A taste of old Rangoon

Hidden away in corners of Yangon, Myanmar, are memories of the often unwelcome presence of occupying nations. Nevertheless they offer stylish refuges from the modern bustle and clutter of this busy city.

Yangon like so many Asian cities is growing faster than it can accommodate in terms of cleanliness, clutter and noise. It’s not one of the most attractive cities we’ve been to, being an amalgam of pagodas, power-lines and pollution but that said, there are the occasional oases of calm and cleanliness that are worth the time.

If you’re spending time travelling throughout Myanmar then you’ll find plenty of temples, shrines and pagodas to satisfy your needs without spending too much time in seeking them out in Yangon.

The one exception is the gaudy and gargantuan Buddhist Shwedagon Pagoda that simply defies the senses in terms of its gold plated ostentation, scale and kitsch glitter that seems to fly in the face of the principles of the faith. Nevertheless it’s an experience that’s worth dedicating an hour or so to.

We’ve arrived in Yangon after about 24hrs of travelling so our take on the city might be marred by being somewhat jaded. That said, our brief time out in two of the more relaxing establishments is all the more welcome.

The Strand Hotel

To settle into the soft comfort of the peacock chairs in the reception of the Strand is to know that you’ve arrived in a haven of peace and quality.

Known since opening in 1901 as the ‘finest hostelry east of the Suez’, ‘patronised by royalty, nobility and distinguished personages’ the hotel went through several ownership and occupation trials, including use as a Japanese troop billet in WW2 before being taken over and faithfully refurbished in its original all-suite opulent style – reopening in 1993.

We’re immediately taken by the lovely furniture, decoration and teak and marble floors – there’s no denying that The Strand (named after the road it sits on) is a wonderful place to rest your head after the rigours of a city tour.

Even the frenetic activity of the people and traffic that plies the Yangon River and market opposite, fails to penetrate the calm of the dining area, smart Sarkies Bar (named after the one-time brother owners of Raffles fame) or the stylish bedrooms.

You instinctively know that you’re paying top-dollar for the five-star refuge The Strand offers but somehow it seems well worth it. Even the simple rattan chairs and furnishings of the coffee shop ooze quality, with service suitably friendly but deferential as one would expect of a top class hotel.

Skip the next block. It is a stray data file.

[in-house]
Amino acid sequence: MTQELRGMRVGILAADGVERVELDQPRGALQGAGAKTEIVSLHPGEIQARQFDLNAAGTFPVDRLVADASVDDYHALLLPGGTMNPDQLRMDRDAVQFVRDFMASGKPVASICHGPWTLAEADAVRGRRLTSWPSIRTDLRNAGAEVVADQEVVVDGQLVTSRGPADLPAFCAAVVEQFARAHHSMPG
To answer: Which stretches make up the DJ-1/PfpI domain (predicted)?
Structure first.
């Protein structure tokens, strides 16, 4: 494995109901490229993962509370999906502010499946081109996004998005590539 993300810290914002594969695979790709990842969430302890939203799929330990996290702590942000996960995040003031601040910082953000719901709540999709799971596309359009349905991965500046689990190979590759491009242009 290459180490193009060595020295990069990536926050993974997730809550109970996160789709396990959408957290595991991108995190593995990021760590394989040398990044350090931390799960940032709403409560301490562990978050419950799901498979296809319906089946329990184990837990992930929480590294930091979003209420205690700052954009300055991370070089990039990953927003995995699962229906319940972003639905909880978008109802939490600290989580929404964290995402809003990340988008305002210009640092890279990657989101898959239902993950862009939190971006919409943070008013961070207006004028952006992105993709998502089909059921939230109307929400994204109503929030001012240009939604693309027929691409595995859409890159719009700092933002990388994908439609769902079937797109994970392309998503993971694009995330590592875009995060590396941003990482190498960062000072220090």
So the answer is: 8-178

Having rested from our extended travelling we seek out a lively café-come-restaurant in the old colonial quarter of the city, not a mile from The Strand.

Rangoon Tea House

This busy place is filled with local business people, the young of Yangon and occasional tourists keen to enjoy the social interaction and open airy atmosphere away from the cloying humidity of the city.

Tea Shop culture has been very much part of the fabric of Burma/Myanmar society over generations and it’s still alive and kicking today.

Rangoon Tea House is over two floors but we feel that the ground floor has more of the buzzy tea-shop feel to it whereas the top floor is for more salubrious and secluded assignations.

It’s easy to get food envy here and all of the dishes that are brought to adjacent tables seem better than the last. We spend some time looking through the menu with indecision before spying a culinary masterpiece on an adjacent table.

We point our waiter towards it and he writes the dish’s name down on his pad.

A steaming pot of pastry-capped whole chicken biryani, is served at our table with a flourish as the pastry topping is removed to reveal the aromatic delight beneath. The meal is every bit as tasty and plentiful as its presentation promises and we eat steadily with little time for conversation.

We’ve already managed to nibble through Bacon & Cheese Samosas to start with – a ‘British Burma throwback fantasy’ of Shan potatoes, green peas, cheese and smoked bacon, before diving into the biryani. A bottle of Myanmar beer seems to complement the feast well.

The service is quick, efficient and friendly and our overall experience is one we’d love to repeat.

We finish off with tea chosen from a bewildering shade chart of options that blend, condensed, evaporated and ordinary milk with sweet black tea to your preference.

We’ve chosen Yangon as the most convenient international gateway to enter Myanmar but on reflection would have used Mandalay and perhaps given Yangon a miss all together.

If you’re touring the country, we think you could better spend your time in other more attractive areas of Myanmar but if you’re obliged to visit the city then it’s well worth seeking out our two choices above.

We’ll cover some of the distractions of Yangon in a later post but in the meantime why not think about your own tour of this intriguing and immensely friendly country that has yet to be overrun by the tourist dollar.


Cherrie's Notes

Click on the names if you’d like more information and to browse the Strand website or Rangoon Tea House Facebook page and Greedy Chopsticks, a local Myanmar restaurant review site.

If you’d like to combine Myanmar with your own adventure to anywhere in Southeast Asia, then why not ask us to arrange your own tailor-made travel – to immerse yourself in the wonders of this world?

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Why not download the TLC World guide brochure or give us a call today on 01202 030443, or simply click ‘enquire’ to submit your own personal itinerary request




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